If you use a bonus saver account you will have noted falls in the rate offered recently.
This is no different to the rate direction for home loans and term deposits.
But with any savings account, the bank has the option to reduce what you receive with only minimal notice. With term deposits (and home loans) you can fix the term and avoid instant reductions (or rises).
But bonus savings accounts have some nice features, especially the ready access to funds without incurring an interest penalty (although you may not qualify for much interest in the month you draw the account down).
So a key consideration is how the institution maintains its rate attractiveness over time.
The data below shows that over the past 18 months RaboDirect's Premium Saver outpaces the others for the interest rate offered.
They have had the highest overall rate over this review period, and they have had this status going back even further. This is true even though they don't currently have the highest rate.
The next highest is SBS Bank, followed by the Cooperative Bank.
ANZ's Serious Saver account is the best of the main banks, BNZ the poorest.
When assessing the most advantageous bonus saver for you, the track record of the rate is what you should assess, rather than just today's rate.
We recommend you always look at term deposit, PIE or savings account returns on an after-tax basis and the best way to do that is to use our deposit calculator. This won't change the relative comparisons, but it will get you to focus realistically on what net earnings you will receive. When rates sink, 'surprises' hurt more than usual.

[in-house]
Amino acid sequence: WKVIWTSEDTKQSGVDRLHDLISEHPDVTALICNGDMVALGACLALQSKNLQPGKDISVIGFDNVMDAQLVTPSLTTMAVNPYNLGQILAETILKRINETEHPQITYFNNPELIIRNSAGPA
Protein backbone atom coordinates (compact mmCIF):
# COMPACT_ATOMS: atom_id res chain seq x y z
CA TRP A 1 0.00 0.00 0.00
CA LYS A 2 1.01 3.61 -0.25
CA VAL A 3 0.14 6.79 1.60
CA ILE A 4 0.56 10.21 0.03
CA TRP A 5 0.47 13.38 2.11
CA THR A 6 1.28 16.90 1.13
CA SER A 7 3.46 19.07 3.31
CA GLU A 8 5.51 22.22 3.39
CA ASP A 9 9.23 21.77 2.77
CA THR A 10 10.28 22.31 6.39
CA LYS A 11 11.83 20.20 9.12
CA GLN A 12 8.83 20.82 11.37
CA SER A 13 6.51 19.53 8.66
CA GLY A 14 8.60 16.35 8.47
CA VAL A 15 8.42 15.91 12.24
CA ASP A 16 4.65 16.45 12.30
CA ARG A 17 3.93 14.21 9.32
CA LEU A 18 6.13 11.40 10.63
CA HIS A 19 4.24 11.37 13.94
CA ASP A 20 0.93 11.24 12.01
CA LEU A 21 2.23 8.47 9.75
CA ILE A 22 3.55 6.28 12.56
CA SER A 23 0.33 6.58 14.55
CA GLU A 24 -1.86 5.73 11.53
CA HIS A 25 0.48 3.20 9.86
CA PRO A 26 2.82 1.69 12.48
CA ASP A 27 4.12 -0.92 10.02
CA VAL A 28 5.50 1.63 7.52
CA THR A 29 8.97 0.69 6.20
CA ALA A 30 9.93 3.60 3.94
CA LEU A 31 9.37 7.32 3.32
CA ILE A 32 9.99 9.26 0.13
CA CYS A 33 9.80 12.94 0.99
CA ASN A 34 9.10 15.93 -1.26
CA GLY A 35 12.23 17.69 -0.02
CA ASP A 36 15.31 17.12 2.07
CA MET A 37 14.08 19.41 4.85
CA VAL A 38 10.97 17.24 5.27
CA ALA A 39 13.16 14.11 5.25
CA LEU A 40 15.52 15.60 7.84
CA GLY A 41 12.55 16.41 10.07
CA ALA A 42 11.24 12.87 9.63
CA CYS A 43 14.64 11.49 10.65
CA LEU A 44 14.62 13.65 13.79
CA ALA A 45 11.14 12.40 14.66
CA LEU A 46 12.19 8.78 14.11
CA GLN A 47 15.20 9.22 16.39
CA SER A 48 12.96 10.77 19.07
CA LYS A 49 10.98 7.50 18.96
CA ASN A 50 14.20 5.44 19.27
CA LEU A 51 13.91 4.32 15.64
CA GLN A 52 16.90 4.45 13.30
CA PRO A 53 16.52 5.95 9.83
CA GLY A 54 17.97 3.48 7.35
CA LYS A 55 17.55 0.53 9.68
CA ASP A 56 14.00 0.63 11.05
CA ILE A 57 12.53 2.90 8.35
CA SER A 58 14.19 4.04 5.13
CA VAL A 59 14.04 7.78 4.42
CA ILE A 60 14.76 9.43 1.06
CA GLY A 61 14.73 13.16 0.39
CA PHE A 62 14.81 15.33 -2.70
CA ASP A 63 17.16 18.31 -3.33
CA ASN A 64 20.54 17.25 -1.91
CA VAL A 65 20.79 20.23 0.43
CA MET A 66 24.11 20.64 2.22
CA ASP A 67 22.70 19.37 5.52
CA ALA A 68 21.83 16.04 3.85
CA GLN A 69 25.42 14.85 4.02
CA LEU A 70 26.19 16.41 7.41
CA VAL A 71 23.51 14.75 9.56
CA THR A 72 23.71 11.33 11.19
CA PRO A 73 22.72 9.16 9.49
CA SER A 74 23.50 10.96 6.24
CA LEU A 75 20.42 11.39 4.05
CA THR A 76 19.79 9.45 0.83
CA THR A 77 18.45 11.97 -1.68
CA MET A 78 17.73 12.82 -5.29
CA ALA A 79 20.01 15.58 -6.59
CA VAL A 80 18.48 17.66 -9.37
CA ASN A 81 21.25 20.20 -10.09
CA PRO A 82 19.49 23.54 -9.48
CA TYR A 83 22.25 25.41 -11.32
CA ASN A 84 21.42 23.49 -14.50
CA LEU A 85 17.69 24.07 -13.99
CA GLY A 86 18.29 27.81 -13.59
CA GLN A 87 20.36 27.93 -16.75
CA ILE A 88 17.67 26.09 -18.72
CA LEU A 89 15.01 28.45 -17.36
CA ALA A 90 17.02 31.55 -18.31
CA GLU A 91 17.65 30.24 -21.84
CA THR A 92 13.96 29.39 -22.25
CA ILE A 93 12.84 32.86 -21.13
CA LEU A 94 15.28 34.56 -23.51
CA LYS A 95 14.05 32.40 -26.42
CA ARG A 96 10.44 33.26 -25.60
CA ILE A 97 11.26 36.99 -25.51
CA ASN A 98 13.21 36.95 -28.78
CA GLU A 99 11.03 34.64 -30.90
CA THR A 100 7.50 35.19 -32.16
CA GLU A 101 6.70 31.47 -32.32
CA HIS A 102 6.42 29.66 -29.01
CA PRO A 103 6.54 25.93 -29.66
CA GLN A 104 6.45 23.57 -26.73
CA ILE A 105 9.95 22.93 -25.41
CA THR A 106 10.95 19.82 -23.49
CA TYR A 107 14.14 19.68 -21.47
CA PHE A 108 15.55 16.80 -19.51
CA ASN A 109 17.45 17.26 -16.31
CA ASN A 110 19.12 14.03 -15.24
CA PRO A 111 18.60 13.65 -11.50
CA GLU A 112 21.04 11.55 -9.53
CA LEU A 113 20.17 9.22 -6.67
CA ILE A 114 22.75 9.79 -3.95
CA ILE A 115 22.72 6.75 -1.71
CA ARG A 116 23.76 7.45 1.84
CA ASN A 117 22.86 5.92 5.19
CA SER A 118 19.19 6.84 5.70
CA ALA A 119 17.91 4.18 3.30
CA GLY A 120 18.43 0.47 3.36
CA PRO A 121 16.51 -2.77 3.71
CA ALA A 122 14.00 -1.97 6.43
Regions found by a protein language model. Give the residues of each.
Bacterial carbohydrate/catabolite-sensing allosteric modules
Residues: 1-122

Here are the current bonus saver rates on offer by banks today:
(These rates are taken from our comparison page here.)
* Kiwibank also offers a Notice Saver account where you can earn 3.00% if you give them at least 32 days notice to withdraw and 3.45% if you give them 90 days notice to withdraw. Kiwibank Notice Saver accounts require a minimum balance of $2,000 for these rates to become effective.
TSB Bank deals with bonus interest differently to other banks. It's core everyday offer is its Premier account. This has a tiered interest rate offer that pays 2.25% for balances of less than $20,000, 2.50% of the portion of the balance from $20,000 to $35,000, 2.75% on the balance from $35,000 to $50,000, 3.25% on the balance from $50,000 to $100,000 and 3.65% on the portion over $100,000.
Even if you had $100,000 in the TSB Bank account all year you would not earn 3.65% gross from TSB Bank. You would earn $2,862.50 or 2.86% pa before tax. And they only pay this interest once a year at March 31.